Review: Victoria: The Queen

Victoria: The Queen: An Intimate Biography of the Woman Who Ruled an Empire by Julia Baird

Random House, 2016. Hardcover, 704 pages.Cover: Victoria the Queen

Written by a journalist and by using many previously unpublished papers, this new biography of Queen Victoria sheds light on the woman behind the popular image.  This means that Baird not only provided straight, known facts, but also provided evidence for or against the many rumors that have been speculated on for over a century.  That said, the rumors are not always proven true or tossed out, but the evidence is there for the reader to draw their own conclusions either way.

When she was born in 1819, Victoria was 5th in line to the British throne.  Through a series of deaths, she became Queen of Great Britain at the age of 18.  Prior to that, Victoria lived a regimented, sheltered childhood overseen by her overbearing mothers since her father died when she was an infant.  Therefore, becoming queen was both taking a heavy responsibility for her people on her shoulders while personally liberating.  Victoria never shirked from her duties, often working long hours. Early in her career, she made many difficult choices, including whether or not to marry, and worked in great collaboration with Lord Melbourne, the prime minister at the time.  Once Victoria married, Prince Albert was very influential in the British government as Victoria’s right hand man and well as seeing to his own projects to benefit British society.  Her relationships with both men are covered in great detail as is Albert’s life before marrying Victoria.  Readers will also learn about her relationships with other government officials throughout her reign.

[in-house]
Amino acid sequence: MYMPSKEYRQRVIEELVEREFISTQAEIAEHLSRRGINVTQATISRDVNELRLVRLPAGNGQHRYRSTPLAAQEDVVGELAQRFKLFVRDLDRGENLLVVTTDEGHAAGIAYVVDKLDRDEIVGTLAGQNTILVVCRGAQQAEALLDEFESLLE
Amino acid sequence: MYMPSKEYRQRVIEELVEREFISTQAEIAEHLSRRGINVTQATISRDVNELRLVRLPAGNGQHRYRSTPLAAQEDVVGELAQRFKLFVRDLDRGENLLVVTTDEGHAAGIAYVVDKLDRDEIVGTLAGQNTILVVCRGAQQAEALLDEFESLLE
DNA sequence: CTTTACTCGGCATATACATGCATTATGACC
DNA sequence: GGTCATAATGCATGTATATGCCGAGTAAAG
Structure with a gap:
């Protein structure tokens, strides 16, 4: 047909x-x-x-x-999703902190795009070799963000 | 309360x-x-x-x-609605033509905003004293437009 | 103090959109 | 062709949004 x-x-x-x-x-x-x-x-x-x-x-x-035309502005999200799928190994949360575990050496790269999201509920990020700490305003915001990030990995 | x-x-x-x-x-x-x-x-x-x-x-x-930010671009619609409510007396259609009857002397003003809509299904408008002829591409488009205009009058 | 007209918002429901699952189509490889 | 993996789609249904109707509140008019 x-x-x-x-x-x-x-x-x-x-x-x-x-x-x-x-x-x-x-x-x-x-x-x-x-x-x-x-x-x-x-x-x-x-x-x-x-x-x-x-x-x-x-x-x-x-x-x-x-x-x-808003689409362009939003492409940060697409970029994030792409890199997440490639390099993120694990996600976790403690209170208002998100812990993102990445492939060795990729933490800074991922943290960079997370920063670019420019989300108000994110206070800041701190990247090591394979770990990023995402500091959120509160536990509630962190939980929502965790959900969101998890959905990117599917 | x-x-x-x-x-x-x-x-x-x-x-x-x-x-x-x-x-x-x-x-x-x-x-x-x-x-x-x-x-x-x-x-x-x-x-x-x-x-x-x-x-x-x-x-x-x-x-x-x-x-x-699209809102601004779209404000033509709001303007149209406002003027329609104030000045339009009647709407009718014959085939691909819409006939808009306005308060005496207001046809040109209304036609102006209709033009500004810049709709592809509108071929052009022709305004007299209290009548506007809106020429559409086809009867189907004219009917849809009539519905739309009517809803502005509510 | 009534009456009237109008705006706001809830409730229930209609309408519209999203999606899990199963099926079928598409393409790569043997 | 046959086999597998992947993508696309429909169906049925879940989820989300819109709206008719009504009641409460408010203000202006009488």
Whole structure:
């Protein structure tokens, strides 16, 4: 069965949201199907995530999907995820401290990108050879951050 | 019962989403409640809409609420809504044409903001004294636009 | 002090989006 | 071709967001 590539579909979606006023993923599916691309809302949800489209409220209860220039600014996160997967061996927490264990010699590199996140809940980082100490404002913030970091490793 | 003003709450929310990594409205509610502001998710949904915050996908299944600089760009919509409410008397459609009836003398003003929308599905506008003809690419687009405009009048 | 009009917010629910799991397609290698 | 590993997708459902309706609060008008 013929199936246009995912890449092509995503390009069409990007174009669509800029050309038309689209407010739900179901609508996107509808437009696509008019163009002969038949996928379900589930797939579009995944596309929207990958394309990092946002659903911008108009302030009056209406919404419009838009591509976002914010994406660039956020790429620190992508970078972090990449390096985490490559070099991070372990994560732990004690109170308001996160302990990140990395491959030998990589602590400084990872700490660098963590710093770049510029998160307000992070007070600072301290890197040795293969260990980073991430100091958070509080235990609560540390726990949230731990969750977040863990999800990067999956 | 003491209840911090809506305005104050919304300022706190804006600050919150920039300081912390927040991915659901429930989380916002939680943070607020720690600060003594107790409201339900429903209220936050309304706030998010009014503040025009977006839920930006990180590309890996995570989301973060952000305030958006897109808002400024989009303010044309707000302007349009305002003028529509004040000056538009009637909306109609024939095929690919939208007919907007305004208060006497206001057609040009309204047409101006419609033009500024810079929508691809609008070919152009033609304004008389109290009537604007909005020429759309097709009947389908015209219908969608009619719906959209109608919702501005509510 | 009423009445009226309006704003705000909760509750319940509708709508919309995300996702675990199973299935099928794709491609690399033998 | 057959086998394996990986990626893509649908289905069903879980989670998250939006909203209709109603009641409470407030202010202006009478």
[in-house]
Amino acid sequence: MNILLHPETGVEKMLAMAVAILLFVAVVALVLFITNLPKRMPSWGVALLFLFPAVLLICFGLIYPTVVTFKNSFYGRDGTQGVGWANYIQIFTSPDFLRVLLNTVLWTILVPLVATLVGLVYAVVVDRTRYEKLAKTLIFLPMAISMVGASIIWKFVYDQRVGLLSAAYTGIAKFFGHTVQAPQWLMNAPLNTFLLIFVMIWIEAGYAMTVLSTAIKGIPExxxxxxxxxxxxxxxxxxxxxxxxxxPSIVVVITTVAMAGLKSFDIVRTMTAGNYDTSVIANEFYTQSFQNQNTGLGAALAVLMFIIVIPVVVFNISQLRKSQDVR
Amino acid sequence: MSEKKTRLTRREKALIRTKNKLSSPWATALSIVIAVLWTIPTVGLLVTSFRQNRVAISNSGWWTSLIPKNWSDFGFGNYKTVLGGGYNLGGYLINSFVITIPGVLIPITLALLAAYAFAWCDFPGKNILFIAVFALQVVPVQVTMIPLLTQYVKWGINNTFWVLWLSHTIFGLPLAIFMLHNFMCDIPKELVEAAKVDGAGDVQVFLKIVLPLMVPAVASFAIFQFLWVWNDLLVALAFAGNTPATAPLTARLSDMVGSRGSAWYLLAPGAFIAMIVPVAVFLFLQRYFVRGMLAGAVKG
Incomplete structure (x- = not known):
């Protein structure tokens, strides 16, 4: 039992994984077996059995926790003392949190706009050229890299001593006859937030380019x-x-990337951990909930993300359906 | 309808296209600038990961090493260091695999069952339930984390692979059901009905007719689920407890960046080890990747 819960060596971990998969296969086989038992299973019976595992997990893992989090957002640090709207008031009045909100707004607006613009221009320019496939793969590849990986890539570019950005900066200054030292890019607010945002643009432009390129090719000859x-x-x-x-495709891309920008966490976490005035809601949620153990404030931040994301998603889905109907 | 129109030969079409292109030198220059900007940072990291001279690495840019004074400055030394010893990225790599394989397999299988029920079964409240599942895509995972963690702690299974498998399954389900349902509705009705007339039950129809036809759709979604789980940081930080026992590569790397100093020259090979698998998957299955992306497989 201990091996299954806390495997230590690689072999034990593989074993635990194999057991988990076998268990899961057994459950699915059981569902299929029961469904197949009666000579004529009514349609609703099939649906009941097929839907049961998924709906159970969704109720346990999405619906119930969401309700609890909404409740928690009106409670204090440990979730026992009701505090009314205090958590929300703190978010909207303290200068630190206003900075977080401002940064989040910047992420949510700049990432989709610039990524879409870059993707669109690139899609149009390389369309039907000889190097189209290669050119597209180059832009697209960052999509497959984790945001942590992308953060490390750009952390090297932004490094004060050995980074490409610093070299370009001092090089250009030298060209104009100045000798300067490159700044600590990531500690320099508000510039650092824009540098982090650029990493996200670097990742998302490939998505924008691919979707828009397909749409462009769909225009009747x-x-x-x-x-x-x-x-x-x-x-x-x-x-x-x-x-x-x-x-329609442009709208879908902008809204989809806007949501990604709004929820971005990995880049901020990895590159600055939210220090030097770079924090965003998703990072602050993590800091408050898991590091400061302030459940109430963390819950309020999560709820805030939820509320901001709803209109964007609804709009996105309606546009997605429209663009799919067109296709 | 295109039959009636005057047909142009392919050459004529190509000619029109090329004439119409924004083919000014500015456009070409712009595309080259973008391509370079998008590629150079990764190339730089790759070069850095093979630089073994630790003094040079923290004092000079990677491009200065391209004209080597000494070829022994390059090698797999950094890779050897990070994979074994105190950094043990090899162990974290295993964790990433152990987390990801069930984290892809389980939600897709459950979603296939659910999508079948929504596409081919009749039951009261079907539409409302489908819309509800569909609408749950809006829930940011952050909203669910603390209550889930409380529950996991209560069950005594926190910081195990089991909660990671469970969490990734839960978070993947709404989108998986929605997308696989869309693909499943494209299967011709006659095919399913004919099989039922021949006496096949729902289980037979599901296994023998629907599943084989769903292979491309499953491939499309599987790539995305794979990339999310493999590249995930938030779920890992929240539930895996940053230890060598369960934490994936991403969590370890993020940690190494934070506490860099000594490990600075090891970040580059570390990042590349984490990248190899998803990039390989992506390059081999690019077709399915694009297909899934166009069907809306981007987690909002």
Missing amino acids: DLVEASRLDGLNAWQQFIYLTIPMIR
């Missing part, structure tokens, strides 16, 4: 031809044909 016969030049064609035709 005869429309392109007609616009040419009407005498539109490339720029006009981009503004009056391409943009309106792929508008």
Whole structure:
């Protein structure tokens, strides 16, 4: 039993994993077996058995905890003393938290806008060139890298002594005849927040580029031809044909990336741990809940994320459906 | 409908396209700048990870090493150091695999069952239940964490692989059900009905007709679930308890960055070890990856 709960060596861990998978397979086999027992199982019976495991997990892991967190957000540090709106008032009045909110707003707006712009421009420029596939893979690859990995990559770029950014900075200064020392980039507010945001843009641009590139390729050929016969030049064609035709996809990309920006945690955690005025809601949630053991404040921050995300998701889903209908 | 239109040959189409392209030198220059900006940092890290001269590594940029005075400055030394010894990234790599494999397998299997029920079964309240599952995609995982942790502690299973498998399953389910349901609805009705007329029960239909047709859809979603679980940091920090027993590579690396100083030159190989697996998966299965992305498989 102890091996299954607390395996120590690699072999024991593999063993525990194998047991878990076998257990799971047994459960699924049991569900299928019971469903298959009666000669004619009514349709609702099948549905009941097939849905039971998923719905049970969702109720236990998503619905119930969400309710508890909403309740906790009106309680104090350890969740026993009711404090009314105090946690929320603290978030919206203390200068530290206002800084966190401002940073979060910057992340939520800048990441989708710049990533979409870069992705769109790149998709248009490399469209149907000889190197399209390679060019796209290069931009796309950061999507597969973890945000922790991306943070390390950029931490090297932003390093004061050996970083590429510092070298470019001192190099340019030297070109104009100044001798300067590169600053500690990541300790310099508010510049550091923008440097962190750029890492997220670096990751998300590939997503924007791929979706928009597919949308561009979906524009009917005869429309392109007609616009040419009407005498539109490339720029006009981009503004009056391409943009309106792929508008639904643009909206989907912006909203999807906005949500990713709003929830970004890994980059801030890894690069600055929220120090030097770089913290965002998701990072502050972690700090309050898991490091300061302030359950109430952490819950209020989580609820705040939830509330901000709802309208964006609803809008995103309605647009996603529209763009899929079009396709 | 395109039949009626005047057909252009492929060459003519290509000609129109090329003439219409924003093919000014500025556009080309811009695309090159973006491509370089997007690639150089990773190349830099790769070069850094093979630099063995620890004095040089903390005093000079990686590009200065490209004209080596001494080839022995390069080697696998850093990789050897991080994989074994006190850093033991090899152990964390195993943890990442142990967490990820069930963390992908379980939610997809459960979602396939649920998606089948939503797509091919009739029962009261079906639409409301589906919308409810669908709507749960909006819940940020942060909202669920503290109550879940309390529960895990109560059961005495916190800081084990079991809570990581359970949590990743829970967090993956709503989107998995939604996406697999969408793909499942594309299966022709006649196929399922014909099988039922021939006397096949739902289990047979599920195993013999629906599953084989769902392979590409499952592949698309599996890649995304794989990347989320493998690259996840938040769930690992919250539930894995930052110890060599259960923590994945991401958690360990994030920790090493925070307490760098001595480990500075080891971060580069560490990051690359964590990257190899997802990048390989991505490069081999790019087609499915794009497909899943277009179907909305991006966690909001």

Victoria was also more than just queen; she was a dedicated family woman.  Besides their working relationship, the marriage of Victoria and Albert was filled with true love.  They would have nine children which they ensured they spent time with daily.  When Albert died young, Victoria mourned for years.  This biography does a great job of showing this side of her life as well as her complicated companionship with her servant John Brown in the years after Albert died.

This latest biography of Queen Victoria does more than just depict her life.  It also takes the time to discuss Prince Albert and the era in which they lived.  By showing life in 1800s England as well as within Europe as a whole, it helps to better understand many of the choices Victoria made (and I say this having taken coursework specifically on Victorian England in undergrad).  Additionally, the text is very readable.  It was written for all to understand, not just for the academically minded.  Throughout the book. Baird selected relevant quotes from Victoria’s letters and diaries to share with readers.  There were also excerpts from others prominent people discussed, such as the Prince and their children and other government officials.  Overall, a worthy read whether you wish to learn about Victoria or the era in which she lived.

Do you think you will read this biography? Have you read any other books on Queen Victoria, Prince Albert, and/or the era in which they lived to recommend?

I based this review on an advanced reader edition provided by the publisher.

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